How to create and publish an inspiring photobook: an interview with Thirza Schaap
By Alex Blanco
In her second interview for 1605 Publishers, Thirza Schaap, who recently published her photobook "Plastic Ocean", talks about her experience of printing and publishing the book with 1605 Publishers and shares related to the project future goals.
Could you tell us a bit about the experience of making a book with 1605 Publishers?
When the 1605 Publishers' team - Janneke Schrey and Bastiaan Woudt - just started with the selection of my work for the book, I thought that the process will take much longer. However, I soon discovered that if you want to achieve the best result - it is important to let the editor do their job and not interfere much. As a photographer, you might be tempted to only put your favourite images in. Luckily, editors can look at your project from a different, more broad perspective and help you to puzzle pieces together.
I've sent a wide selection of my photos and I had no idea what to expect. When the first draft of "Plastic Ocean" came in, it was an extraordinary experience: suddenly, I saw the repetition in shapes, colours and textures. My project became a movie with the beginning, middle and end and was able to tell a much stronger story than standing alone images. The final draft came up to my expectations and I just added a few images but did not change much. The designer and the editor, Janneke Schrey created a beautiful sacred flow that I wouldn't dare to break.
What did change for you career-wise after your book was published by 1605 Publishers?
With a published book I realised that my project can reach a broader audience and change the mindset of many people out there. Having a physical book in your hands is a completely different experience from showing the project online. You never know how far your book can travel, on whose desk it might end up and what impact it can cause.
Another breakthrough related to book publishing was joining the Bildhalle gallery in Zurich. When Bastiaan Woudt showed "Plastic Ocean" to the gallerist Mirjam Cavegn, she immediately asked me if I would like to be represented by Bildhalle.
When you show your project in a format of a book, people have a perfect overview of your work. The book is a solid product that encompasses your artistic vision. It is an era that you have completed and now, are able to share with others. Another benefit of being represented by a gallery is the exposure you get. Since I joined Bildhalle, my project has been presented at exhibitions in Zürich and Amsterdam and gotten into big international art fairs. It's a huge motivation and a great achievement!
"Plastic Ocean" is an ongoing project. How do you plan to extend its horizons? And what would you like to achieve with it?
I do so many different things within the project, I have the feeling that I have just started and there is the whole world ahead to explore. This is why the idea of "Plastic Ocean" can certainly be expanded.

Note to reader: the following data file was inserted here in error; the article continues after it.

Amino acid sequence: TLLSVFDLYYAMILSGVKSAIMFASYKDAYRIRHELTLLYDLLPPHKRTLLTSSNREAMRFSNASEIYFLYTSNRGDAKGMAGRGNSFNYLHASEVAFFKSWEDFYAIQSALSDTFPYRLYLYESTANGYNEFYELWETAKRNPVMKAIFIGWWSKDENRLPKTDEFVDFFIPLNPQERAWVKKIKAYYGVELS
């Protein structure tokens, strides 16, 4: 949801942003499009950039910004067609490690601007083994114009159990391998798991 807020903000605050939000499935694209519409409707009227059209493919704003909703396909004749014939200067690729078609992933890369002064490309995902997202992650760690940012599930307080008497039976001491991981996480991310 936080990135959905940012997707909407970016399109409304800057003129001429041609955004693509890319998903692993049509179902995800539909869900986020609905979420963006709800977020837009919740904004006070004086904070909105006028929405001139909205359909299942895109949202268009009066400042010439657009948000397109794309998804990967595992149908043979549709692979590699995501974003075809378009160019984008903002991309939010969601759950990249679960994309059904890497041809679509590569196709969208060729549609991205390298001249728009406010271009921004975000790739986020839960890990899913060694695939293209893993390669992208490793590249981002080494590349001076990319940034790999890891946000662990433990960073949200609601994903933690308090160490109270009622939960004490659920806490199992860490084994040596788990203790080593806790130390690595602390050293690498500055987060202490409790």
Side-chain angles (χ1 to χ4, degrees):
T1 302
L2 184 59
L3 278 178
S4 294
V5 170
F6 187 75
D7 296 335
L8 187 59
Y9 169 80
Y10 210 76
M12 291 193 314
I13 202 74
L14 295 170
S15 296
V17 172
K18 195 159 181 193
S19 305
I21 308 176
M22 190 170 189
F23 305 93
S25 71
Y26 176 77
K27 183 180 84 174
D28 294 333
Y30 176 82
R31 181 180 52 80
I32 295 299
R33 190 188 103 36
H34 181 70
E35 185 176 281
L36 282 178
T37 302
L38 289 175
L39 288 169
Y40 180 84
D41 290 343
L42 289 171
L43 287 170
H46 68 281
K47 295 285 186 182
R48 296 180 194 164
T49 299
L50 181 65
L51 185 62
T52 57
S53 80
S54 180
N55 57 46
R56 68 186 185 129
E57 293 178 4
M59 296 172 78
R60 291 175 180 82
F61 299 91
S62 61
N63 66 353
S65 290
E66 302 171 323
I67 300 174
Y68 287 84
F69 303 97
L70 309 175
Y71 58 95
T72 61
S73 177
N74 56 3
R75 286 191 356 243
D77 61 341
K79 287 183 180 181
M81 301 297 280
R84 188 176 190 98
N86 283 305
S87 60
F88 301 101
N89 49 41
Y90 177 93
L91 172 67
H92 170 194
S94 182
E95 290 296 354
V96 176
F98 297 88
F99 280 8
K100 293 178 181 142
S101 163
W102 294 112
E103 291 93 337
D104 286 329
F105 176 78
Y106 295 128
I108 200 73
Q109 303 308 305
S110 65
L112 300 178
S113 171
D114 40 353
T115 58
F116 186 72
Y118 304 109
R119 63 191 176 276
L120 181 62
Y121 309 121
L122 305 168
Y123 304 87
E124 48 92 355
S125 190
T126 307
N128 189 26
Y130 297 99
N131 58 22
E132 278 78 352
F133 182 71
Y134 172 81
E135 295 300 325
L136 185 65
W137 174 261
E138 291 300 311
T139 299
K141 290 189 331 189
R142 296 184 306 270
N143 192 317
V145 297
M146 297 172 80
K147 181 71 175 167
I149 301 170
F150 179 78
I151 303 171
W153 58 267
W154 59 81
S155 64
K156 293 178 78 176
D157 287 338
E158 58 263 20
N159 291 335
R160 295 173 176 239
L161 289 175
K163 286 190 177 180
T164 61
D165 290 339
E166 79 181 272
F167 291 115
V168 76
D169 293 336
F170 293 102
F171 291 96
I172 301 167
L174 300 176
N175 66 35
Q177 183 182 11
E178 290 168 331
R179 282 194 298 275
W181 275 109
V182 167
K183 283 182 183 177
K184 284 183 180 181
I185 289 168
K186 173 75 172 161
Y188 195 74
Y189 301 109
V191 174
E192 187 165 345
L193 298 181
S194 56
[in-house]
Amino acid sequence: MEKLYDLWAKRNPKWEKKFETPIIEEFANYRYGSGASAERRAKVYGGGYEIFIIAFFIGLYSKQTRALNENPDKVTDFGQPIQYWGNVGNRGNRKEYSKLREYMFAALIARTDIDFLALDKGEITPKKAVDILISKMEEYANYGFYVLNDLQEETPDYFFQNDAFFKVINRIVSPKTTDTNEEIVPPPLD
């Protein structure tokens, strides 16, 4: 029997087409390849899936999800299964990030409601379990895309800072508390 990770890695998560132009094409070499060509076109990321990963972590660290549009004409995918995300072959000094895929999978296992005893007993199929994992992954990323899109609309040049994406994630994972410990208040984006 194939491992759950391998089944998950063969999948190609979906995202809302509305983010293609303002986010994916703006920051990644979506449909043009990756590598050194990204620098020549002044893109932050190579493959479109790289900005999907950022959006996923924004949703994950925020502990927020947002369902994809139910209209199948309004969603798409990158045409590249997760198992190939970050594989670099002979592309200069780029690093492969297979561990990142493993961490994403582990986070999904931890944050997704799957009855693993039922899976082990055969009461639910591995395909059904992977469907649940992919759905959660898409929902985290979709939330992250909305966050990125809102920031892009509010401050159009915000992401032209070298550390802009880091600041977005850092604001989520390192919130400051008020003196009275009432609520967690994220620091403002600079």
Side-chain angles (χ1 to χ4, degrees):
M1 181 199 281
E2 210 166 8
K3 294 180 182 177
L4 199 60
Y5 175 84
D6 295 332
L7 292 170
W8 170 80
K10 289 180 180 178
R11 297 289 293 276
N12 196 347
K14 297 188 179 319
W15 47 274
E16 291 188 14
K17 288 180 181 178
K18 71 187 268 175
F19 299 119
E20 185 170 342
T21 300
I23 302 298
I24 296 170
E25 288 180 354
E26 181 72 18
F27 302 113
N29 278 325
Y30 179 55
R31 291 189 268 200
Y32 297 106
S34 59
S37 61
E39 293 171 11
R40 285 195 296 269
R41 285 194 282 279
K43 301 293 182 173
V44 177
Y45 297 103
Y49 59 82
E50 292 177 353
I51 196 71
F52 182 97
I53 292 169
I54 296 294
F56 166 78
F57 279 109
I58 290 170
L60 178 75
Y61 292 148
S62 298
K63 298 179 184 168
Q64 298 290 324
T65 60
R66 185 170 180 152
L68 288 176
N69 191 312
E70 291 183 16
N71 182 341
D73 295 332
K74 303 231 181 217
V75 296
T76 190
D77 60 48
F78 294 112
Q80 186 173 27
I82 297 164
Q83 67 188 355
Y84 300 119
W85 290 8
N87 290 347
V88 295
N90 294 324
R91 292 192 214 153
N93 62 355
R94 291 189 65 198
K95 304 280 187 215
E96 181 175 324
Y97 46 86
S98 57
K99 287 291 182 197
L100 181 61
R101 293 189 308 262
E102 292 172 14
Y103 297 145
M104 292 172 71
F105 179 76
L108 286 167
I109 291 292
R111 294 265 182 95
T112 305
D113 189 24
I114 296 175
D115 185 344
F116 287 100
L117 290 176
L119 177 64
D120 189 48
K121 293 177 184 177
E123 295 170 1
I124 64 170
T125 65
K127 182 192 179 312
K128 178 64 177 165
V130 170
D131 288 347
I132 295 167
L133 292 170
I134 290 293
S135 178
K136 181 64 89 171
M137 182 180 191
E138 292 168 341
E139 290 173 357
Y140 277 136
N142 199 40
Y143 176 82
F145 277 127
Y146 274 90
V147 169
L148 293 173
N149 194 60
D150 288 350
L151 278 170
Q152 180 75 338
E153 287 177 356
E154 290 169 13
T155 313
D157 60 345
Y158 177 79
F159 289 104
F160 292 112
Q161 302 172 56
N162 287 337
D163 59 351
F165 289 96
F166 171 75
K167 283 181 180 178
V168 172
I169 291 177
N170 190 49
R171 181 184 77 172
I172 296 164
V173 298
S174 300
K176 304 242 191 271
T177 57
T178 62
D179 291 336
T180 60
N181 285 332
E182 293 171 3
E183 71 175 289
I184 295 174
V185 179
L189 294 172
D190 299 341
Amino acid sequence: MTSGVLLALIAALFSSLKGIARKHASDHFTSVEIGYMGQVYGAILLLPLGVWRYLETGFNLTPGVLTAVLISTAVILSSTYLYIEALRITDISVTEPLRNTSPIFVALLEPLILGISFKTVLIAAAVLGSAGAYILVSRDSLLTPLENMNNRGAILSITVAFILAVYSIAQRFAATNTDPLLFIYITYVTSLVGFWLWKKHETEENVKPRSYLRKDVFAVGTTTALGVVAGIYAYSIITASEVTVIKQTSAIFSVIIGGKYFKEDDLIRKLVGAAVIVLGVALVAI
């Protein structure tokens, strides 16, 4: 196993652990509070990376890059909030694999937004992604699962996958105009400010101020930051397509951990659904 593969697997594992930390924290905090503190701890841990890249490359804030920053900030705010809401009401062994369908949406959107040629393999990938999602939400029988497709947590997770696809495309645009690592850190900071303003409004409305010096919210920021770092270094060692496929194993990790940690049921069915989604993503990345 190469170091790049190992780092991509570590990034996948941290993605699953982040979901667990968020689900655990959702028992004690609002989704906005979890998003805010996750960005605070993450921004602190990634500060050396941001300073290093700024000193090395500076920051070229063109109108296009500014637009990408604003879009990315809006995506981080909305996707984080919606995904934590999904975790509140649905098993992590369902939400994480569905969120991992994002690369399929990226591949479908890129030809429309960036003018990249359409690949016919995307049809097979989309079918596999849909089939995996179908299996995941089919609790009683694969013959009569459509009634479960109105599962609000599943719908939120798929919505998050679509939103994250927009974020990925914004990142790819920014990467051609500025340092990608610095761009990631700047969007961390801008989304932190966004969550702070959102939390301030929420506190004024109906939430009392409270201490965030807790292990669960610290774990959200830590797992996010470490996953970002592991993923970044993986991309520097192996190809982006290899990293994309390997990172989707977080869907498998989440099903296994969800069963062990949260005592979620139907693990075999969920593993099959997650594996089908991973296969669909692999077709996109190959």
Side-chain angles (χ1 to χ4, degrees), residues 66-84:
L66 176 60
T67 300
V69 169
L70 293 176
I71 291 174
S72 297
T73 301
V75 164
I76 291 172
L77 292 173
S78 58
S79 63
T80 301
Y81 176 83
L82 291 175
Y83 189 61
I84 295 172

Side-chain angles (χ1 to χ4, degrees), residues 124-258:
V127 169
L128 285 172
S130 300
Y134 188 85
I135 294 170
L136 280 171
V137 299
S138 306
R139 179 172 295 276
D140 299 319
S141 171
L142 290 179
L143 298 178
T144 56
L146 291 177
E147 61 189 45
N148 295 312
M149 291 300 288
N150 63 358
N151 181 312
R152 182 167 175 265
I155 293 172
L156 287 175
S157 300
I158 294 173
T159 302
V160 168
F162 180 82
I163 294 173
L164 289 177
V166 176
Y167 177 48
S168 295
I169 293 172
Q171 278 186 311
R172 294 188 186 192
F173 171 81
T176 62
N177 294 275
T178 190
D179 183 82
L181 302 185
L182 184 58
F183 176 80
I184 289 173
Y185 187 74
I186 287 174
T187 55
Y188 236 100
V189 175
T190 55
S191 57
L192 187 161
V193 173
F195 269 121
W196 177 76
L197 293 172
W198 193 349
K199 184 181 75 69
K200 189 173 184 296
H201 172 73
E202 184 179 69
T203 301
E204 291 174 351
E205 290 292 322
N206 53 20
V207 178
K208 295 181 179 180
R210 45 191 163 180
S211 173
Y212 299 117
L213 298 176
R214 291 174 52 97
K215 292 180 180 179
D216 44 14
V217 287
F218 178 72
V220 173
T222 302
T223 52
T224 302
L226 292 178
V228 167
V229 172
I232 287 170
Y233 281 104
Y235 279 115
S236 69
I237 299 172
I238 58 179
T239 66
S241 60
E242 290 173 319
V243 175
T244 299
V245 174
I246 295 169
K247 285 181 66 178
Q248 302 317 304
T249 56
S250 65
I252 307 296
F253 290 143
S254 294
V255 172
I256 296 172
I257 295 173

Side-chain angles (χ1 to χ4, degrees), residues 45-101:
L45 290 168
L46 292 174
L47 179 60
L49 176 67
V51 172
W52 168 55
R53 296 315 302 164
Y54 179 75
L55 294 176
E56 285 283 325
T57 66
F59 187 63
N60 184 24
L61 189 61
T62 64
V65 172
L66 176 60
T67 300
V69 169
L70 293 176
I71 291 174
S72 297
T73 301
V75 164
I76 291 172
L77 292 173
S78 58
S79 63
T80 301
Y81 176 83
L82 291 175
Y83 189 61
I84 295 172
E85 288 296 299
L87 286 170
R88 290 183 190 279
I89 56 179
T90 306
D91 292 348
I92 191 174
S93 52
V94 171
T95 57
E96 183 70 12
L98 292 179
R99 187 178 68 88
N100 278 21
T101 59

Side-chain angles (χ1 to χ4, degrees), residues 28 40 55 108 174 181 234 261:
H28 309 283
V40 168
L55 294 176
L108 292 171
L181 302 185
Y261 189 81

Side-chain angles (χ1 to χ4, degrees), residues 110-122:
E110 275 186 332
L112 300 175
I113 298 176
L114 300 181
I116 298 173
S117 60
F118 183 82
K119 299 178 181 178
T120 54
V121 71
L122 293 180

Most of the time I work outside creating not only photography but also, moving images and installations. I benefit from the flow of the wind, grains of sand, dust, petals of flowers, etc. These images look almost still, with some little moving details. I would like to make more installations like this. Once, I found an old tree trunk and around 100 soda plastic bottles that I transformed into a huge palm tree. Big installations like this are so meaningful to me, they make my heart beat faster.
And how do you determine that the project isn't ongoing anymore and it's time to move on to another one?
This project became a way of life and I cannot walk away from it easily. It made my eyes wide open. If you are lucky and you can influence spectators with your art, isn't what art there for in the first place? I feel blessed that the project gets so much attention and appeals to so many people around the world. I receive many messages from people who state that my project helped them to see a new era of radical change and the end of mass consumerism.
I could switch to another project and execute something completely different. However, I touch so many things within "Plastic Ocean" that I want to research the subject deeper. I definitely see the current work evolving into different branches rather than me starting a completely different project from scratch.
I am very passionate about showing the transformation of ecology and the consequences of mass consumption. If I move to something else it would be the same idea but a different execution like for instance: moving images, larger installations, sculptures alongside photography. Once I had an exhibition for Greenpeace Africa where my sculptures were showcased with a series of photographs. It was a great experience and I hope to do something similar in the nearest future.
Talking about the showcase of my sculptures, recently the 1605 Publishers team asked me to create 5 miniature versions of sculptures (around 10 cm) for the special edition of the book "Plastic Ocean". Bastiaan Woudt and Janneke Schrey have created beautiful glass boxes for the sculptures. Exciting!
Some images in the book have this candy-colour feel, others, on the contrary, are quite dark and mysterious. How do you determine the representation of each image?